Conscious Choice cover

From the press release: In this ground-breaking new history of early America, historian Robert Zimmerman not only exposes the lie behind The New York Times 1619 Project that falsely claims slavery is central to the history of the United States, he also provides profound lessons about the nature of human societies, lessons important for Americans today as well as for all future settlers on Mars and elsewhere in space.

 
Conscious Choice: The origins of slavery in America and why it matters today and for our future in outer space, is a riveting page-turning story that documents how slavery slowly became pervasive in the southern British colonies of North America, colonies founded by a people and culture that not only did not allow slavery but in every way were hostile to the practice.  
Conscious Choice does more however. In telling the tragic history of the Virginia colony and the rise of slavery there, Zimmerman lays out the proper path for creating healthy societies in places like the Moon and Mars.

 

“Zimmerman’s ground-breaking history provides every future generation the basic framework for establishing new societies on other worlds. We would be wise to heed what he says.” —Robert Zubrin, founder of founder of the Mars Society.

 

Available everywhere for $3.99 (before discount) at Amazon, Barnes & Noble, and all ebook vendors, or direct from the ebook publisher, ebookit. And if you buy it from ebookit you don't support the big tech companies and I get a bigger cut much sooner.


“What happens if Russia refuses to fly U.S. astronauts?”

“What happens if Russia refuses to fly U.S. astronauts?”

The problem: the situation in the Ukraine. If tension between the U.S. and Russia worsens then Russia might suspend carrying American astronauts to and from ISS.

The fault here belongs with Congress and George Bush, who decided in the 2000s to let the shuttle retire before its replacement was ready. In addition we can blame Congress in the 2010s for forcing NASA to spend billions on the unaffordable Space Launch System rather than focus on getting humans into space cheaply and quickly.

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4 comments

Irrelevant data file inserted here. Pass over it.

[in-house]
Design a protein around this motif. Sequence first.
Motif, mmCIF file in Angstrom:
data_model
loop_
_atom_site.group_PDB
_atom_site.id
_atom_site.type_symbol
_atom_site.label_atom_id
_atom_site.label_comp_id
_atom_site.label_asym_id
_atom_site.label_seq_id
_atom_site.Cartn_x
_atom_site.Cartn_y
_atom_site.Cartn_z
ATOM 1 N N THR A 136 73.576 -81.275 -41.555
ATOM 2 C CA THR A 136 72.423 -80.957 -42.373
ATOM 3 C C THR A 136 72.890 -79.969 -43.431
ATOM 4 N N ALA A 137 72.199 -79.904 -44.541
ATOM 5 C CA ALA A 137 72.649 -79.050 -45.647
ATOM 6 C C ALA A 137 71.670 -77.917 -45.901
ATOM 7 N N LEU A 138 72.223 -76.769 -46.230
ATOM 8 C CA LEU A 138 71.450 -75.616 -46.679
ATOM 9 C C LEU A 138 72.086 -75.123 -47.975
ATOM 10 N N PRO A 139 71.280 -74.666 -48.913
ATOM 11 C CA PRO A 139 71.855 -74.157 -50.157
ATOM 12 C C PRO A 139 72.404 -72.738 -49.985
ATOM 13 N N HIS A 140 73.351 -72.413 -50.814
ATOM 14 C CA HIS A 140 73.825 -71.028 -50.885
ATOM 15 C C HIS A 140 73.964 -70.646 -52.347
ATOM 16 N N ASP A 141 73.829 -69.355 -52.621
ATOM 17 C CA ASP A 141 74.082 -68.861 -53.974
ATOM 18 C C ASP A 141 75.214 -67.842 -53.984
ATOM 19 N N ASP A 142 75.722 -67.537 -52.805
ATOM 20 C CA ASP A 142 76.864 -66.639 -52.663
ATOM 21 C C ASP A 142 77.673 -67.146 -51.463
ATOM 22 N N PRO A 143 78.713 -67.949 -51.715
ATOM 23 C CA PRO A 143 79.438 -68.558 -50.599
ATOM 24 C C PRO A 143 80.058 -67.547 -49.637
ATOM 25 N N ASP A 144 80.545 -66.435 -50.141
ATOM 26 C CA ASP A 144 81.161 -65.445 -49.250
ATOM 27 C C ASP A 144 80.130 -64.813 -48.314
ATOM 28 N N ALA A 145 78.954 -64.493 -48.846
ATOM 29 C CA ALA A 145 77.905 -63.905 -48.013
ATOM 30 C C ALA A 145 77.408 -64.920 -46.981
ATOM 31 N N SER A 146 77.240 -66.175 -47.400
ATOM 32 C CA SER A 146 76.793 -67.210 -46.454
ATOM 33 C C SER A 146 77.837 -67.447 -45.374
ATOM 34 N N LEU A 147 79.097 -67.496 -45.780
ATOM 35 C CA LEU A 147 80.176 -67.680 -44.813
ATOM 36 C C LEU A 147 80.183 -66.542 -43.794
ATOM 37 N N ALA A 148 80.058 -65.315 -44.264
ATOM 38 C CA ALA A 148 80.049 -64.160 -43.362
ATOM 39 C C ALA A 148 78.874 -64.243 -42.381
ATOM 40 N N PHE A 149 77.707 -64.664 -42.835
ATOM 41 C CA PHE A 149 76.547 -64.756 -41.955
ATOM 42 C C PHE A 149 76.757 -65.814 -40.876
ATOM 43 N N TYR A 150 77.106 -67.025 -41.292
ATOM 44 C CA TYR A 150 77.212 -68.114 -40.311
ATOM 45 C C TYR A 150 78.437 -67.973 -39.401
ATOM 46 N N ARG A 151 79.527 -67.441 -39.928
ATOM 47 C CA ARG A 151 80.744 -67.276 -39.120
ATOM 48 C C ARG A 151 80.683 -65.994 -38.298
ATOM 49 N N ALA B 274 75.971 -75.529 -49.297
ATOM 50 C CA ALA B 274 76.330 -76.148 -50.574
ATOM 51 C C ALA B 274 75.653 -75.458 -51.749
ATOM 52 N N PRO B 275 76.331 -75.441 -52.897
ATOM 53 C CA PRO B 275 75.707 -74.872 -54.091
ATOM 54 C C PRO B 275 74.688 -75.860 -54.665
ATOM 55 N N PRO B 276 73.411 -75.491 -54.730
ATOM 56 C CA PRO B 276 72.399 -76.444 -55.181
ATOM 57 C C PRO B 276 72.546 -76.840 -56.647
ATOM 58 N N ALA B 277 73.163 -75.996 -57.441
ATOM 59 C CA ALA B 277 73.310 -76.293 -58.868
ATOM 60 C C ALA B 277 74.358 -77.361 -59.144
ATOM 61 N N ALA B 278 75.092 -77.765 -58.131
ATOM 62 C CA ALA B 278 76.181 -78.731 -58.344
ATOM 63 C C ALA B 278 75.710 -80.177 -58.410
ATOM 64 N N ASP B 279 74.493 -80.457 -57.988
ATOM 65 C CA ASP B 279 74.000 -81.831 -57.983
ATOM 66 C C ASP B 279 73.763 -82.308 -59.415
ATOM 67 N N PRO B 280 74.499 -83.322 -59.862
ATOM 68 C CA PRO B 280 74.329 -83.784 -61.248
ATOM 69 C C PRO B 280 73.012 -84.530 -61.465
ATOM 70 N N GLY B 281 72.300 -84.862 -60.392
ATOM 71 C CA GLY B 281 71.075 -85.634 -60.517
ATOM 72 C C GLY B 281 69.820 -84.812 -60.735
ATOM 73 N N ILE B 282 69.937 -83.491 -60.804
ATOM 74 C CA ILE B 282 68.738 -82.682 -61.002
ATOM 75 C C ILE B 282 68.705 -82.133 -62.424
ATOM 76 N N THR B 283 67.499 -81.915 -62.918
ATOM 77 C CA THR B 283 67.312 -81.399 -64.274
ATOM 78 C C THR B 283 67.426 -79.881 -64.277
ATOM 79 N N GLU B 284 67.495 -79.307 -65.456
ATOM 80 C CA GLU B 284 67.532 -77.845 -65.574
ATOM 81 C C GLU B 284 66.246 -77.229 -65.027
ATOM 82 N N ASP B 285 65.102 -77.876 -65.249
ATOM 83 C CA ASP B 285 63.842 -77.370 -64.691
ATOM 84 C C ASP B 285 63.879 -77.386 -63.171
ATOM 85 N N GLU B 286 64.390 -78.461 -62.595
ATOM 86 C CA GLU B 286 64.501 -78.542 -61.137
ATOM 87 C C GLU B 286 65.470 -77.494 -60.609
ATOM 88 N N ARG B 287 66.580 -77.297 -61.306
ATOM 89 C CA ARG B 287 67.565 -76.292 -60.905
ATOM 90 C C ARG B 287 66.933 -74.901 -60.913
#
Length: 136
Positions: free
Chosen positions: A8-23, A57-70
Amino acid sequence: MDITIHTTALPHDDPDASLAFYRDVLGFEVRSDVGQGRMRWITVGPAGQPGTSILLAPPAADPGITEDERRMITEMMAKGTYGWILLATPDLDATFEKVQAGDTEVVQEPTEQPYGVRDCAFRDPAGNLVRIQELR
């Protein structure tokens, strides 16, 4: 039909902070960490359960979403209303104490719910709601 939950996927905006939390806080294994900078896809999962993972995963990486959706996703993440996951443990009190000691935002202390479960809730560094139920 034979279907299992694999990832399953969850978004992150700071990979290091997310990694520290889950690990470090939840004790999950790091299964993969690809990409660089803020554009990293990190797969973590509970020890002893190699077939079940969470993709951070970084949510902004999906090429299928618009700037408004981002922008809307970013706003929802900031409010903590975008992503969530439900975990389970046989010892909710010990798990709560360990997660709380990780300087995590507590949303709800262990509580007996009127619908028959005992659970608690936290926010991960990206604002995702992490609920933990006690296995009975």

• Pzatchok

    First Russia looses a huge amount of cash from NASA.

    So much so that they might just not be able to launch as many flights of their own.

    And as for launching our own people.

    Nasa is the one slowing down the development of a crew capsule.
    By making more demands on the manufacturer than they had when they first launched astronauts.
    Escape rockets? Seriously? If the dang thing blows up and the capsule survives then just have an automatic parachute deployment system. If it doesn’t survive then why have them at all?
    Its about as probable for use as the escape system for exiting the space shuttle by individual parachute.
    We do not have escape systems in 747’s so why in this?

    As for crew accommodations, why does it have to be any more than what we had for Gemini?
    Basically little more than air to breath and seats that fit a space suited passenger.
    They only need to be in it for at MOST 12 hours.

    The Russians are already using a what, a 6 hour ground to station trajectory now? Can’t we do the same?

    If they really wanted to they could convert a cargo module to carry two guys inside a few months. The cargo module has already proven itself capable of returning safely. The biggest hurdle in the past.

  • mike shupp

    JSC serves as ground control for ISS, communicating with the crew, monitoring telemetry, simulating procedures before the astronauts start EVAs, etc. So if the Russians refused to haul up US astronauts, the tit-for-tat response would be for JSC to go on strike, and let the Russians try to run ISS on their own. Which probably wouldn’t appeal.

    So the bottom line is that space operations aren’t going to be immediately influenced by events in the Ukraine. Maybe folks in the DoD will tinker with ITAR requirements a bit, maybe Charles Bolden decides not to talk too much about going to Mars with the Russians as partners, but thise are matters for the future, not today. Which probably is as things should be — there are some continuities in behavior which have to be expected. No one expects that western airliners will be refused permission to land at the Moscow airport, for example,. and no one on the internet expects to find all the Russian websites off limits, and so on. It’s a very interconnected world, after all. Baring full-scale war, there will always be vestiges of peace, which hopefully will expand and assume increased prominence as tempers die down.

    So sanity would have it. Of course, Norman Angell rather famously said something like this in a best selling book just about a century ago and we all know how that turned out ….

  • Robert Clark

    Maybe NOW Congress will get some sense and finally fund commercial crew to the levels needed to get astronauts to space on our own vehicles, years after everybody else realized it.

    Bob Clark

  • Edward

    “We do not have escape systems in 747′s so why in this?”

    It is rare that 747s blow up, but rockets blow up more frequently, despite the significantly lower rocket launch rate.

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